The team will also provide technical advice and reviews on proposed mitigation technologies for lakes and review the progress of NJDEP-funded HAB mitigation grant projects. Additionally, the team will develop a HAB lake management training program for NJDEP staff and interested stakeholders and conduct training workshops at various locations in the state. More information on HABs in New Jersey and the governor’s initiative can be found at

The HAB issue gained increased statewide attention in 2019, when lengthy closures at the summer tourism destinations of Lake Hopatcong and Greenwood Lake strained local economies. In an op-ed published by New Jersey news outlets at the time, Adolf warned that the situation could have been far worse, as toxin levels remained relatively low in the lakes even though HAB biomass was elevated. However, he wrote that “it is only a matter of time before our luck runs out.”

“The impacts of humans, including excess nutrient loading to lakes, elevated CO2 levels and rising water temperatures due to climate change, will not only ensure the reoccurrence of these blooms but stack the odds in favor of them becoming toxic and a far more menacing public health threat than what we currently see in New Jersey,” Adolf wrote. “Research into these linkages must play an important role in directing actions for solutions.”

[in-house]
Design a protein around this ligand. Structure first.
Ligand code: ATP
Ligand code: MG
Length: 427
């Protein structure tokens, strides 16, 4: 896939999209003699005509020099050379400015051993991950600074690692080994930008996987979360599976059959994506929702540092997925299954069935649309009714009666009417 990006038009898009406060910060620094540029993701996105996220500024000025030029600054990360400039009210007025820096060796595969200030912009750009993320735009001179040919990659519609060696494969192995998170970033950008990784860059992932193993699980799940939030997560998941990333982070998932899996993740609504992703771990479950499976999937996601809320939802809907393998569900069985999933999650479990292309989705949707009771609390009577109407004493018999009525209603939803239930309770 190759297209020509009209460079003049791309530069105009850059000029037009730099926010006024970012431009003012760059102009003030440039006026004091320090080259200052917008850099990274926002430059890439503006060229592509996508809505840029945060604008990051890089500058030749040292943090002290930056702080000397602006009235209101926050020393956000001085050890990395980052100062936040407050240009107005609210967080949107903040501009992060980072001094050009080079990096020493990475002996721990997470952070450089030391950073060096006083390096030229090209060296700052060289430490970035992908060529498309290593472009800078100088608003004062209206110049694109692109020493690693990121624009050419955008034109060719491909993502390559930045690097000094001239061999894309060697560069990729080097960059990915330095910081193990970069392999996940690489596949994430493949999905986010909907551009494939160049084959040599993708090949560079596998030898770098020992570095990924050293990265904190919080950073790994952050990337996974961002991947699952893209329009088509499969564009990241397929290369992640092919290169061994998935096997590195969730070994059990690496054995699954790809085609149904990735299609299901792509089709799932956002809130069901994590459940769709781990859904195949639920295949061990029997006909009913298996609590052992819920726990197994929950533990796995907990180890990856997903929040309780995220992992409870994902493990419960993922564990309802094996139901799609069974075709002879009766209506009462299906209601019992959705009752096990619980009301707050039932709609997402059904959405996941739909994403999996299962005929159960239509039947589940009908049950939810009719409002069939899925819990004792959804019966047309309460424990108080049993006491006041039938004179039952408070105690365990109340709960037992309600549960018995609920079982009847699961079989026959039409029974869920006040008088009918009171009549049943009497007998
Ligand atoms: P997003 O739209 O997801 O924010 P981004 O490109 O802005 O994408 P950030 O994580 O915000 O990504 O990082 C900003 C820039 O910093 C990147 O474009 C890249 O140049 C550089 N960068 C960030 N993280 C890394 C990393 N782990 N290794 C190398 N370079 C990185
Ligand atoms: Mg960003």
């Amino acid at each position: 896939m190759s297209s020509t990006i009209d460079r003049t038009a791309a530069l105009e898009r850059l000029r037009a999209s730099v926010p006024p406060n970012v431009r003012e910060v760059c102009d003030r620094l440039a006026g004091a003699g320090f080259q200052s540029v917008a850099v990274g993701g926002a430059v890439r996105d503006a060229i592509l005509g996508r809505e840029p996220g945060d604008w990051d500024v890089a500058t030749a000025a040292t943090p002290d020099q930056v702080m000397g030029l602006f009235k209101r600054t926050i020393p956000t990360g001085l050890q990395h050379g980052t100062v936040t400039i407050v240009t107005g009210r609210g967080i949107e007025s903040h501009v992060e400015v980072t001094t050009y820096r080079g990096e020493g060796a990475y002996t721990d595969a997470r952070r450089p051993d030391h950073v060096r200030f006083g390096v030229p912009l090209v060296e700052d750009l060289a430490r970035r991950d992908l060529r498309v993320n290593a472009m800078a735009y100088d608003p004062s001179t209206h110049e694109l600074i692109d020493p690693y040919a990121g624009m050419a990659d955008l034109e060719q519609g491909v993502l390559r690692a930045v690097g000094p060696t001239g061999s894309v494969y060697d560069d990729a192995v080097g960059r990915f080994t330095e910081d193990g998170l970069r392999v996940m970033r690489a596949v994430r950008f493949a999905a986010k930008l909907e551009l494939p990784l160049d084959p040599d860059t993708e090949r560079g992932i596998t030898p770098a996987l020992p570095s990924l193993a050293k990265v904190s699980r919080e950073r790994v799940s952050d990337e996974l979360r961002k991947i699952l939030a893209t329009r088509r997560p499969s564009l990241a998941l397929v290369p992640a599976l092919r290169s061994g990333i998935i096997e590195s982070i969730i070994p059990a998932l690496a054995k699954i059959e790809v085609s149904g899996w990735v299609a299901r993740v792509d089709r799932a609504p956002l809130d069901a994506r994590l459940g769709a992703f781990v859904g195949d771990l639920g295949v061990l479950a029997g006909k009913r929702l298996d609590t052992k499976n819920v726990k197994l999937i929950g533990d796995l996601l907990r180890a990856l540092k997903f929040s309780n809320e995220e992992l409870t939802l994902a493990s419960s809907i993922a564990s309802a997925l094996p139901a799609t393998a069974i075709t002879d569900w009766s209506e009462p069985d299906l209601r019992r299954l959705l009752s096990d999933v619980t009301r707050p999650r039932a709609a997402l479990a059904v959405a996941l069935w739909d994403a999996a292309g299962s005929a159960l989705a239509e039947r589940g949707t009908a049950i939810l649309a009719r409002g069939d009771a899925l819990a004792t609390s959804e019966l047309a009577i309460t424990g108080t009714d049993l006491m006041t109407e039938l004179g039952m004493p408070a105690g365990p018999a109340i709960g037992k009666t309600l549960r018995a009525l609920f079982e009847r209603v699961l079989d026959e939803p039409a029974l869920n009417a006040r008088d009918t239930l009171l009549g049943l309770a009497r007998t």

Adolf coordinates the Coastal Lakes Observing Network (CLONet), an innovative citizen science effort that is building a greater understanding of the prevalence and causes of HABs in Deal Lake, Fletcher Lake, Lake Como, Lake Takanassee, Silver Lake, Spring Lake, Sylvan Lake, Sunset Lake, Wesley Lake and Wreck Pond. Adolf runs the Phytoplankton and Harmful Algal Bloom research lab (PHABLab) at Monmouth University, where he is also working with undergraduates to study HABs in Monmouth County surfing beaches and waterways including Sandy Hook and Raritan bays and the Shrewsbury and Navesink river watersheds.

He joined Monmouth in 2017 after nine years at the University of Hawaii at Hilo, where he served as the chair and associate professor of marine science. Adolf, whose research background is in the field of phytoplankton ecology and evolution, has made significant contributions to the literature in the area of HABs. Before going to Hilo, he spent five years at the University of Maryland Institute of Marine and Environmental Technology in Baltimore, conducting HAB research that included Chesapeake Bay; the Swan River Estuary in Perth, Western Australia; and the Plymouth Culture Collection of the Marine Biological Association of the U.K.

Student Researcher Examines Climate Change Communication in India

Graduate student Lisha Samuel recently completed a paper detailing her fall research on climate change communication in the city of Kolkata, India. Rechnitz Family/Urban Coast Institute Endowed Chair in Marine and Environmental Law Randall Abate served as a faculty mentor and the project was supported with funding from the UCI.